9. Actually, looking at the graphs you’ve got again, they’re perfectly representative and I will forthwith shut by big, slightly drunken mouth :)

  10. All the datas of the GP :

    Heikki’s are a bit strange at the and of the first stint.

  11. Sorry for my english :/

  12. Very useful – thanks Wizzer.

  13. You’re welcome Keith. Thanks for the great job, a little bit too Hamilton friendly but i forgive you, you’re english after all. :)

  14. I don’t think this post is ‘Hamilton-friendly’ at all.

  15. I don’t think this post is Hamilton Friendly in the slightest.

    Keith you shold write an article titled “What is going on in Kimi Raikkonen’s head?”

  16. Keith,

    A suggestion: change de picture that illustrates the post. This could let the post less “Hamilton friendly”…

  17. I’d love to see Kubica in the graph — he was the star of the race!

  18. The Monza Grand Prix was a great example of how the McLaren works better in the wet than the Ferrari chassis, which is more than a match for the McLaren in dry conditions. I must say I was very surprised at how little ground both the Ferrari drivers made up at Monza, compared to Hamilton.
    I know alot has been mentioned of Hamilton’s wet weather driving skills in the media, but alot of it would appear to be down to the performance of the McLaren in those conditions. To be brutally honest, I found the Ferraris’ to be unusually sombre at Monza, where they usually want to put on a show for their tifosi.
    As earlier bloggers have rightly pointed out, Raikkonen yet again saved his best laps till last, and not for the first time this year. Massa too, should have taken more of the advantage he had in qualifying, and should be leading the championship by now. As others have correctly suggested, Singapore is an unknown race track with unforeseen weather patterns. We all know that Fuji, Shanghai, and Sao Paulo can produce plenty of wet races, so if I was Luca, I would be asking my team questions!

  19. @wizzer Yeah as much as i like or want to slam keith for his hamilton centric ways, this is a good post that isn’t really lewis contric… just comparing the championship contenders.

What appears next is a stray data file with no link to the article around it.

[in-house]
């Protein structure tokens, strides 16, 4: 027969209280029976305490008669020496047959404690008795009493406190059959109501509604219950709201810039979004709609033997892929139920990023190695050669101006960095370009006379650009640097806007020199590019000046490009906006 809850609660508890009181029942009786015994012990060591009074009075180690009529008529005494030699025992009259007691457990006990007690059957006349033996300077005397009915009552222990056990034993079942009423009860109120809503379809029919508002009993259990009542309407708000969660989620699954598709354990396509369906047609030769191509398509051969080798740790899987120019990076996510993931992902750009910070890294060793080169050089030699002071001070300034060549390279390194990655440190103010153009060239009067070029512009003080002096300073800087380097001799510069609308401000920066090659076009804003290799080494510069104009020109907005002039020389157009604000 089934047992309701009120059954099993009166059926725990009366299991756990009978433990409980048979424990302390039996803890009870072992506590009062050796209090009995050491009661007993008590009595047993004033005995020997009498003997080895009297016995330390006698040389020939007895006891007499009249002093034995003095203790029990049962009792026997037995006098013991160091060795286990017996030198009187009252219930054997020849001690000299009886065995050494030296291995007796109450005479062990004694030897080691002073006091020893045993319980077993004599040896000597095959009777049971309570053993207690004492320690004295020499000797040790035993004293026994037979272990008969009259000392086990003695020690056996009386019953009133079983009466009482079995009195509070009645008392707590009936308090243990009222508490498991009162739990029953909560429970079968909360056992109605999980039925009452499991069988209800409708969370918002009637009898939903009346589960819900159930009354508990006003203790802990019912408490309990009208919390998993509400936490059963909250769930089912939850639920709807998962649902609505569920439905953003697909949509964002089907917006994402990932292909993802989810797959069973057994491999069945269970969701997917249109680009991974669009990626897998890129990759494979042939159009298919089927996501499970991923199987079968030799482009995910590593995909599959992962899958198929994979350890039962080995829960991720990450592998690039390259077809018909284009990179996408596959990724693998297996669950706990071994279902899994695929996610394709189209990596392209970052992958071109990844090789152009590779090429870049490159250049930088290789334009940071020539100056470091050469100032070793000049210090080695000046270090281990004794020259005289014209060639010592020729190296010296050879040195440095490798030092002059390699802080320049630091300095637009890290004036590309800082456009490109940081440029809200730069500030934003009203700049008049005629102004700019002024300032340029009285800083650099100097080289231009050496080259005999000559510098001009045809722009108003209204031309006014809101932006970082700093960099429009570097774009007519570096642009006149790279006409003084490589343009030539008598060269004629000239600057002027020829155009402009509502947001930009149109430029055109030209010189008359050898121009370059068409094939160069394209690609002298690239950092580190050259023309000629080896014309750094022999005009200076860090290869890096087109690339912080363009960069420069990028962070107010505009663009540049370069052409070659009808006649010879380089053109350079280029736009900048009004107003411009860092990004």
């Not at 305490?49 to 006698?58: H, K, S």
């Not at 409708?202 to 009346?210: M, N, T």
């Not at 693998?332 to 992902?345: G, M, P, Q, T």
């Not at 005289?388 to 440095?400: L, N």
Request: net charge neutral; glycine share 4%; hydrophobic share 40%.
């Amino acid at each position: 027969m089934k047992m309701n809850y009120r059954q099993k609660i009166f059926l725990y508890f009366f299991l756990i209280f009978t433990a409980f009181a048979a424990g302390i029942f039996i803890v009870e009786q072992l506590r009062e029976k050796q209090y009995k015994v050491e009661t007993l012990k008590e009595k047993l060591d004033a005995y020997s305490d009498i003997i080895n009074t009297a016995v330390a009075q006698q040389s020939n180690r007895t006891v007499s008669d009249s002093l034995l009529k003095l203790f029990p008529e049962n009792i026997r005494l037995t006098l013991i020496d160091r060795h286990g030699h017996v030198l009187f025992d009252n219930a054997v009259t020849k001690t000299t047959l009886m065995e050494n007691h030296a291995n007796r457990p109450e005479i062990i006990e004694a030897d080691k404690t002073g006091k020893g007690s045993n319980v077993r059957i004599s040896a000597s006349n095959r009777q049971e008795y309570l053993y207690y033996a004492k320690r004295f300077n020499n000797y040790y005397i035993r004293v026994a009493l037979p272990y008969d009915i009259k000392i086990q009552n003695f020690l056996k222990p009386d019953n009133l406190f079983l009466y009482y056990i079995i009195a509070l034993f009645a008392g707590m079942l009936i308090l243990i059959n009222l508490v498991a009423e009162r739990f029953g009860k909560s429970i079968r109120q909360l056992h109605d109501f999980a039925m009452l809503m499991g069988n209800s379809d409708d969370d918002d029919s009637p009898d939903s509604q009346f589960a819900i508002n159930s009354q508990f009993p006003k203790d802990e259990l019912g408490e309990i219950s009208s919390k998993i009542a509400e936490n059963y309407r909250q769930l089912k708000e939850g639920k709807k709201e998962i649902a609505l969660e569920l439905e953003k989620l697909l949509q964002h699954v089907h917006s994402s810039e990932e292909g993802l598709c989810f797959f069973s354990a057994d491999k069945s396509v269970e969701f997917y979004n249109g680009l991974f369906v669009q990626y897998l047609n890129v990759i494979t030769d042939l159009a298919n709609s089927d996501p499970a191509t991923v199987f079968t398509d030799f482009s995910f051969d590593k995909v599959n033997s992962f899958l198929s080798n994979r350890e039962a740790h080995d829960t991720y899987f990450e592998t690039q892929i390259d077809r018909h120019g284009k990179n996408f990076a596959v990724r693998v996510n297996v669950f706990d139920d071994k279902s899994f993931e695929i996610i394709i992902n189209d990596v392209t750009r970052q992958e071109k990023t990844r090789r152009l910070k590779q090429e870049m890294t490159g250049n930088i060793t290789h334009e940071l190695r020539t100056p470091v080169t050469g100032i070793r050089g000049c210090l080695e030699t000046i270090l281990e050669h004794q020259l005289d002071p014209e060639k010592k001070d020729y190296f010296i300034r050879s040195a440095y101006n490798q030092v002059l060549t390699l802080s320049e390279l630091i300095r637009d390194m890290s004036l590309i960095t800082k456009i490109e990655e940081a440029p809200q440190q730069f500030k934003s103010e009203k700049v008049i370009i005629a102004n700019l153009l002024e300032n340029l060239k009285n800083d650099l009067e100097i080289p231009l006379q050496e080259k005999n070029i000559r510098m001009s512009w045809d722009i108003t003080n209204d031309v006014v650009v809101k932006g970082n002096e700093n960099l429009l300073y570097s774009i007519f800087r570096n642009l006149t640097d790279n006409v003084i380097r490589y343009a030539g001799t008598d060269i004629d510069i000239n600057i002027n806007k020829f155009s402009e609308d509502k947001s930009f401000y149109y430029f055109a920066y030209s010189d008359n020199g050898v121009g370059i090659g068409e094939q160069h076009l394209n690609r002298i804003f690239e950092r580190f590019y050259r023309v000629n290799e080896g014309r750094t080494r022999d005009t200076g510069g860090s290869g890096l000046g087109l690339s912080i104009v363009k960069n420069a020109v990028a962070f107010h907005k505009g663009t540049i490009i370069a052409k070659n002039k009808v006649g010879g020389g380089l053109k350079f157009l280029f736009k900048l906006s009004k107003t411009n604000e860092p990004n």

i don’t think it’s totally chassis based, i think the tires are playing a big role here too. the mclaren runs their tires very hot, which is why they use a harder compound usually, whereas the ferrari is tire friendly, and they prefer a softer compound.

    in the wet, all things are equal, so the mclaren with the hotter running tires are able to drive more grip than the ferrari’s rock hard cold tires.

    i think this is where kimi is suffering too, he has problems getting heat in the tires – he’s a mclaren driver used to hot tires with soft driving, but the ferrari is the opposite.

    i think that’s really why kimi suffered a lot during the race and why he was setting fast laps towards the end, he got his inters on and was able to warm them up on a drying track.

    i also think that’s why hamilton dropped off the back of massa for a bit after being able to close in at a rate of 2 seconds a lap and attack him, then by the time he got there on the drying line his tires were cooked. 3-5 laps later they cooled and he made up the difference but didn’t attack again.

    and for massa, well he isn’t the best in the world, but he’s trying hard and working on being consistent, he drove for the points not the win and was able to take a point out of hamiltons lead, just like spa, didn’t have the top end speed because of the extra radiator size so kept his nose clean and let those 2 fight it out, and it paid off.

  20. Keith I don’t think Wizzer is saying this post is Hamilton friendly more like the whole blog is Hamilton friendly because there is nothing pro/against any of the three drivers.

    Back on topic the Ferrari looks like a dog in the wet and is one of the reasons why I think McLaren will dominate in Singapore on a greasy track. I know on the subcontinent there is a lot of dew factor that takes place overnight so it would be interesting to see if that will cause an affect on the cars in Singapore but that is totally dependent on the start time – anyone know what it is?

  21. Rabi I think it starts at 20:00 local time.

  22. Rabi, I heard somewhere 10pm???